Advancing Basic Science for Humanity
The objective of the next phase of the NeuroNex Program at the National Science Foundation is the establishment of distributed, international research networks that build on existing global investments in neurotechnologies to address overarching questions in neuroscience.
The National Science Foundation (NSF) is now soliciting applications for the next phase of the Next Generation Networks for Neuroscience (NeuroNex) Program. The program cultivates technology-enabled, team-based neuroscience: achieving an understanding of brain structure and function that spans levels of organization, spatial and temporal scales, and the diversity of species requires an international, transdisciplinary collaborative effort to not only integrate discipline-specific ideas and approaches but also extend them to stimulate new discoveries, and innovative concepts, theories, and methodologies.
The next phase of the NeuroNex Program seeks to establish distributed, international research networks that build on existing global investments in neurotechnologies to address overarching questions in neuroscience. The creation of such global research networks of excellence will foster international cooperation by seeding close interactions between a wide array of organizations across the world, as well as creating links and articulating alliances between multiple recently launched international brain projects. The potential transformative advances in neuroscience stemming from this activity will have profound scientific and societal impacts.
The goal of this solicitation is to support collaborative networks (~15-20 investigators in each network) comprised of international teams of disciplinarily diverse experimentalists, theorists, and research resource (including technology and cyberinfrastructure) developers working on a common foundational question in neuroscience. It is anticipated that these networks will enable experimentation, analysis, and discovery in neuroscience at scales much larger than currently possible. The NSF and international partner agencies envision a connected portfolio of transformative, integrative projects that leverage existing global investments in neurotechnologies and create synergistic links across domestic and international investigators and communities, yielding novel ways of tackling the challenges of understanding the brain in action and in context.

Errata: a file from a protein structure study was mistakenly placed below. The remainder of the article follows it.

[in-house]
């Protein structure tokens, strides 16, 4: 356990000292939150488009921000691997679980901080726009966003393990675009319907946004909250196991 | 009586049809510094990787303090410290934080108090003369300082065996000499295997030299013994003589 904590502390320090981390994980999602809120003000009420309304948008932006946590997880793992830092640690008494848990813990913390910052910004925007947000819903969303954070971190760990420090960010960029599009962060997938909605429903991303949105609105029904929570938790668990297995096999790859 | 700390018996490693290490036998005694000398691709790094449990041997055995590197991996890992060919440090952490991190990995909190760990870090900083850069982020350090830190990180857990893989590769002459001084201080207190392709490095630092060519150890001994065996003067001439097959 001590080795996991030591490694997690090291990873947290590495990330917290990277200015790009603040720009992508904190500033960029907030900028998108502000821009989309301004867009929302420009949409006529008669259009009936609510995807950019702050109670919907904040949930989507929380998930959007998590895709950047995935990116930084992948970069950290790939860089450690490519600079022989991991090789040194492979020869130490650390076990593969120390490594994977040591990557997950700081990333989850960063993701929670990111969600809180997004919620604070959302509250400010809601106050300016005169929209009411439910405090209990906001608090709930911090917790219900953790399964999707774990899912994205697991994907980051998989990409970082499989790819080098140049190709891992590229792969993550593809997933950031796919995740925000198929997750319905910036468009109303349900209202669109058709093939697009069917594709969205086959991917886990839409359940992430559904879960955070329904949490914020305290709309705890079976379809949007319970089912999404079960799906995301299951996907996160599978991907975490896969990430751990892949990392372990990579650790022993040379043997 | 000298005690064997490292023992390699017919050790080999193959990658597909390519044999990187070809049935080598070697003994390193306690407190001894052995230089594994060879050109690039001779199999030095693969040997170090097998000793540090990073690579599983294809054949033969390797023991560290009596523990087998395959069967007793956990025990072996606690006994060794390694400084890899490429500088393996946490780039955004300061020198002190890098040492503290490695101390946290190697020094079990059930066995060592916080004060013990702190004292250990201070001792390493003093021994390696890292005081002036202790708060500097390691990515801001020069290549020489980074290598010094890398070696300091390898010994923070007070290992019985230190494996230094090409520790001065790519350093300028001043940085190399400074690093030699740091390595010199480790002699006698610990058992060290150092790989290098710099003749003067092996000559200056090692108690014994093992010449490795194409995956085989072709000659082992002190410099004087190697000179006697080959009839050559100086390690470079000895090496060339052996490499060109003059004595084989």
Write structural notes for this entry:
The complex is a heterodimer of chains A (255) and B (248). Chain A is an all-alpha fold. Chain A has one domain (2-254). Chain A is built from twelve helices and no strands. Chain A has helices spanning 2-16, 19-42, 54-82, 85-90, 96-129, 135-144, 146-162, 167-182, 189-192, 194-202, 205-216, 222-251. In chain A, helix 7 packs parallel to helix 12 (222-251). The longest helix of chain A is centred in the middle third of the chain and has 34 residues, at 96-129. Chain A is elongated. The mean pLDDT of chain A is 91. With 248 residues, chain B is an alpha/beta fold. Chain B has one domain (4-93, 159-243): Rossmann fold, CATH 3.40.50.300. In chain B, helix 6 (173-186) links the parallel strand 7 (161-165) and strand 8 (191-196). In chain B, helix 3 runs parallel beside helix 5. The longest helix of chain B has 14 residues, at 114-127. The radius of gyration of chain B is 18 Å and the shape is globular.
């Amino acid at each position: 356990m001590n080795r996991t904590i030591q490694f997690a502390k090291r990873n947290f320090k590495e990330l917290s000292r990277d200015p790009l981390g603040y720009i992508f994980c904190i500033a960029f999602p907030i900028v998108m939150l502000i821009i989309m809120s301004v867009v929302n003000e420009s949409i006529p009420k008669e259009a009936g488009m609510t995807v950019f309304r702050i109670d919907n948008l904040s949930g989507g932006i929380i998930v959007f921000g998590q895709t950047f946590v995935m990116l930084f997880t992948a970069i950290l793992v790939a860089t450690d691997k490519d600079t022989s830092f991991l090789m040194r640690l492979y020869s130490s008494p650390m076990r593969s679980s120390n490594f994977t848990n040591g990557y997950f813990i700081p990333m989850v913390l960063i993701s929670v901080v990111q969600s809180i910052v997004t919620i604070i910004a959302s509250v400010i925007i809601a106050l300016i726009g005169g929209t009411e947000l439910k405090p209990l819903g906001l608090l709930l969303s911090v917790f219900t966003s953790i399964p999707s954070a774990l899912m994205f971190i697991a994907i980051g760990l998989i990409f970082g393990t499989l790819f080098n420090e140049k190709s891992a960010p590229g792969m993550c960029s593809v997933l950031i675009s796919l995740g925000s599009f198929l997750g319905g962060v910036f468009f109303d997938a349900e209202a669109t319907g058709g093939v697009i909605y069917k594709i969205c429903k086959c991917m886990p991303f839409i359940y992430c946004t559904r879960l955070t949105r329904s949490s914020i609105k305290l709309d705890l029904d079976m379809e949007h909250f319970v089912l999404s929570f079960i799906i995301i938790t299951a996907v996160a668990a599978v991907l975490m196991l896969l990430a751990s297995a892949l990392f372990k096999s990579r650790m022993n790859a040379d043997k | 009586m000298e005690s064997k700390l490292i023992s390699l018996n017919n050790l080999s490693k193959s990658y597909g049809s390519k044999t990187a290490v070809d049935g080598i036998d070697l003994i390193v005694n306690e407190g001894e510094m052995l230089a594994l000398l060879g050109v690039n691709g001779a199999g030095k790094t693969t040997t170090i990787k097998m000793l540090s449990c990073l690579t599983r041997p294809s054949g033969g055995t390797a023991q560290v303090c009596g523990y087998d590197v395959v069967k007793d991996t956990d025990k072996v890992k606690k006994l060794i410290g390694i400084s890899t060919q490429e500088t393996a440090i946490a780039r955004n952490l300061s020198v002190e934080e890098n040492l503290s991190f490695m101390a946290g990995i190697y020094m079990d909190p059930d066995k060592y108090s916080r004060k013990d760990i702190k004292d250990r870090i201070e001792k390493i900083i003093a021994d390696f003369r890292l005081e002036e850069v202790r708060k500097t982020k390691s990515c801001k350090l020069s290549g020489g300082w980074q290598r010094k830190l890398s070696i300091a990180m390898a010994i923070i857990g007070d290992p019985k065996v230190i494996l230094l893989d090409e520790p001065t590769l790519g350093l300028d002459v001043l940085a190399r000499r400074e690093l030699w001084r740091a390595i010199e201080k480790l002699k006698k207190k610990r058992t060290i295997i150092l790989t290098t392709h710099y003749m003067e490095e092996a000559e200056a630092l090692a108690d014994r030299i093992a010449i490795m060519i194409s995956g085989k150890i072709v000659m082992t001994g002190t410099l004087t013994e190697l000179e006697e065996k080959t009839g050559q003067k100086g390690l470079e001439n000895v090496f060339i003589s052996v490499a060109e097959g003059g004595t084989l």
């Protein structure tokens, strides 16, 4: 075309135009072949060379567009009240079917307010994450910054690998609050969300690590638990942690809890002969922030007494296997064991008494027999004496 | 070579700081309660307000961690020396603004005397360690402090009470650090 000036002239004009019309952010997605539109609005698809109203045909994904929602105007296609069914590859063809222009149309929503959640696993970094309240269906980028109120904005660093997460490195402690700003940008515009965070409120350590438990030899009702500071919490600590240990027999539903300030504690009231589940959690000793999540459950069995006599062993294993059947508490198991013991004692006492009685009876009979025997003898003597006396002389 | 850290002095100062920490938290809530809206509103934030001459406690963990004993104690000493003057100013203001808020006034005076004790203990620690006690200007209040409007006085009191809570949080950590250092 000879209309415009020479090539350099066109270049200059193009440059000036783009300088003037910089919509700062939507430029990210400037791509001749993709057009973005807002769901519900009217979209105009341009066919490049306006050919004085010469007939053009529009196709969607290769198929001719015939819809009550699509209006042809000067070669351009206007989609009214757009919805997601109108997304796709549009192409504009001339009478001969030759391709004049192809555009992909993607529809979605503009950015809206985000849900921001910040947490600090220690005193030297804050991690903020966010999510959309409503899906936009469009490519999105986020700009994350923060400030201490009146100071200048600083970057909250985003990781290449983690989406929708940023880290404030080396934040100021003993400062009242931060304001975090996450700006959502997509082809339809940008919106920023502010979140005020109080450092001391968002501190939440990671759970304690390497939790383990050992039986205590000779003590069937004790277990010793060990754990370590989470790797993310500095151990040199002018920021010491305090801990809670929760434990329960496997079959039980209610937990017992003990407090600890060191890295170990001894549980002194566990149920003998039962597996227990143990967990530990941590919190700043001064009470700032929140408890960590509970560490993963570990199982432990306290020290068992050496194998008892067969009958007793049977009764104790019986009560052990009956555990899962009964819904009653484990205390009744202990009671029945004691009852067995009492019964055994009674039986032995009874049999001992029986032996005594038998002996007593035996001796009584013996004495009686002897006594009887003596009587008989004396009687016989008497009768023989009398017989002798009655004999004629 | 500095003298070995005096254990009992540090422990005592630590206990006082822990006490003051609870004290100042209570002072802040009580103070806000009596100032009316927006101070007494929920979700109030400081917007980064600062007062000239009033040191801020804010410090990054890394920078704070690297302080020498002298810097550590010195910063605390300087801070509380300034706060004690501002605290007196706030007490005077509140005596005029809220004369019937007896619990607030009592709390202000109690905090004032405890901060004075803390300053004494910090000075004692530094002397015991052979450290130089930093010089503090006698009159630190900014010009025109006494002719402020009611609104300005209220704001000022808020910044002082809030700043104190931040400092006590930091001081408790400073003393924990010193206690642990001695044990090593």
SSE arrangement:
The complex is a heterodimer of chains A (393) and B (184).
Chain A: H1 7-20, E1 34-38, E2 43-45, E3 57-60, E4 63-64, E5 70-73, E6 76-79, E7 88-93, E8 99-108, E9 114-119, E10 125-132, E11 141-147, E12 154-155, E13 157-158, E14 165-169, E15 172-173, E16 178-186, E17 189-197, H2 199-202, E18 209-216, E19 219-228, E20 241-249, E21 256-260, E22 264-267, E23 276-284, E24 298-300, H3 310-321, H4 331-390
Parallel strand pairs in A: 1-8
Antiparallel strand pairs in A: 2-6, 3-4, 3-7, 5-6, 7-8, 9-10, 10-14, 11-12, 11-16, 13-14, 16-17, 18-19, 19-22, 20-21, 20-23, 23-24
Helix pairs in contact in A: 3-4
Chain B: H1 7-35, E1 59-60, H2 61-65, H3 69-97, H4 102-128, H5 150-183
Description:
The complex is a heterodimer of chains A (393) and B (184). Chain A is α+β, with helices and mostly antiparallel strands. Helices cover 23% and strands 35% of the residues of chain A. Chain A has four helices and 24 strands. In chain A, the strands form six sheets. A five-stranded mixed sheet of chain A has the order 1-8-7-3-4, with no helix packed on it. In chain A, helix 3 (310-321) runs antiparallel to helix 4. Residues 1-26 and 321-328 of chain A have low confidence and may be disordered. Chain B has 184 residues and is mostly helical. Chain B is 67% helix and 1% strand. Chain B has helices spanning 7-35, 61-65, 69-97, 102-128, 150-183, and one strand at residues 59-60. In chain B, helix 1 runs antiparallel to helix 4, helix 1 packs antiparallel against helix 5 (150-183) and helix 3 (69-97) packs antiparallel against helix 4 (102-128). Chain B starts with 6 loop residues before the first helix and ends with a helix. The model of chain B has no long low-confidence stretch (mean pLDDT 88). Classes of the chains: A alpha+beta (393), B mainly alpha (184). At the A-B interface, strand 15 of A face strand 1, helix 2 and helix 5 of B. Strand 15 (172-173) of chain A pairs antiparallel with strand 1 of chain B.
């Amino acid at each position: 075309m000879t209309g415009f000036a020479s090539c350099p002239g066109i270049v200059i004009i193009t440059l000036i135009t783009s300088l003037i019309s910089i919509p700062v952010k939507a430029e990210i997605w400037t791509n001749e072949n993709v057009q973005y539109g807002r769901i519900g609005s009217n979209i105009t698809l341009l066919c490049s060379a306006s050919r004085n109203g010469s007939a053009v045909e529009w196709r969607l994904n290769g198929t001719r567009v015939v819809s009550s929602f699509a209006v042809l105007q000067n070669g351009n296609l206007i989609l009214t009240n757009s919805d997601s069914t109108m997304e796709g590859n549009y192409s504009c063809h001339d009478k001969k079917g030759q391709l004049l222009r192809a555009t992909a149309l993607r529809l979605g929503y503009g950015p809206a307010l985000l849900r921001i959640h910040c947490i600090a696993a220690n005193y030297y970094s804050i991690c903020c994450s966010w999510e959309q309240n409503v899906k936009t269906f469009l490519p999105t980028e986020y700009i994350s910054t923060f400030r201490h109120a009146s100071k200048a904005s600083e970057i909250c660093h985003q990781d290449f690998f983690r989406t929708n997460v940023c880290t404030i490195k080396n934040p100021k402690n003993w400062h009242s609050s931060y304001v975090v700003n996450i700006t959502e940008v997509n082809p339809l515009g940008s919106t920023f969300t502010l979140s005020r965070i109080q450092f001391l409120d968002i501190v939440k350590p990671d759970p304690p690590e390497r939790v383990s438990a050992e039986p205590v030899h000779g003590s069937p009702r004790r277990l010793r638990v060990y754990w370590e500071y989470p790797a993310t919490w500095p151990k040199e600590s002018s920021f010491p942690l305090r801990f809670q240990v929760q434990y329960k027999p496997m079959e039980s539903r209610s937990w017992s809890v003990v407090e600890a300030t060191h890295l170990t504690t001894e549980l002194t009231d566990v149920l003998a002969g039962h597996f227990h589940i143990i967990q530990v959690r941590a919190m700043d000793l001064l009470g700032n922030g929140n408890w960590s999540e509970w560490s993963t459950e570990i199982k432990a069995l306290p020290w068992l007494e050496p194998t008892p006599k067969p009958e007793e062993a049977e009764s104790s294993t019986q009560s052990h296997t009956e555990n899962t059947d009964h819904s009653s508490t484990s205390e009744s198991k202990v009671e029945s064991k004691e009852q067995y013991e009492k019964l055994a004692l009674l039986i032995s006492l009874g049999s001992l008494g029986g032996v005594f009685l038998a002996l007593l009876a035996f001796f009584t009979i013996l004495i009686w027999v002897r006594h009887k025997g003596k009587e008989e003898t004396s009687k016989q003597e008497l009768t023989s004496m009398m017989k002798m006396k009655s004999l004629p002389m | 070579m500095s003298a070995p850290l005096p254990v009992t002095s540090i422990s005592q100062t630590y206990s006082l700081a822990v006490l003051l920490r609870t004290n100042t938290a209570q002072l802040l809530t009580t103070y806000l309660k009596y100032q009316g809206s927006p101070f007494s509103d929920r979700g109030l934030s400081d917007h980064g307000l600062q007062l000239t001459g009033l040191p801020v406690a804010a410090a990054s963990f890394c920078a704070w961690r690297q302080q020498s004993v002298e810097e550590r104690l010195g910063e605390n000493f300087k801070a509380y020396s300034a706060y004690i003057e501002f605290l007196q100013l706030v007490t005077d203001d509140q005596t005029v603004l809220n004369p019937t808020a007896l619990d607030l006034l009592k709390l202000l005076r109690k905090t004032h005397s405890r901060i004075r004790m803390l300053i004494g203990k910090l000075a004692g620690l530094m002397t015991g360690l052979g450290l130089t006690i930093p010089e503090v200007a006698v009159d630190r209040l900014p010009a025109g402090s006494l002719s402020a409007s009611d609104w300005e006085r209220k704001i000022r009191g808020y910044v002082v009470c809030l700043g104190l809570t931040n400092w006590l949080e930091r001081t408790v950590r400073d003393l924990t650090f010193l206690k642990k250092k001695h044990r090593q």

This interdisciplinary, international program is one element of NSF’s broader effort directed at Understanding the Brain, a multi-year activity that includes NSF’s participation in the Brain Research through Advancing Innovative Neurotechnologies (BRAIN) Initiative (https://www.nsf.gov/brain/).
The virtual conference, featuring multiple NIH BRAIN speakers and BRAIN-funded investigators, addresses the role of the brain and nervous system at multiple levels of observation, from molecular to functional, and the neuroethical implications of this cutting-edge work.
NIH BRAIN speakers and BRAIN-funded investigators will be presenting at LabRoots’ 7th Annual Neuroscience Virtual Conference, broadcasting live for free on March 13-14, 2019. The theme of this year’s event is the Biological Basis of Behavior. Using approaches that range from biological to computational, the conference will address the role of the brain and nervous system at multiple levels of observation, from molecular to functional.
Over the two-day conference, three sessions will provide an extensive exploration of causes and correlations. Additionally, the application of cutting-edge technologies will be assessed. Session topics include: NIH BRAIN Funding Opportunities, BRAIN Initiative Scientific Updates, Neuroethics, Innovative Neurotechnologies, and more.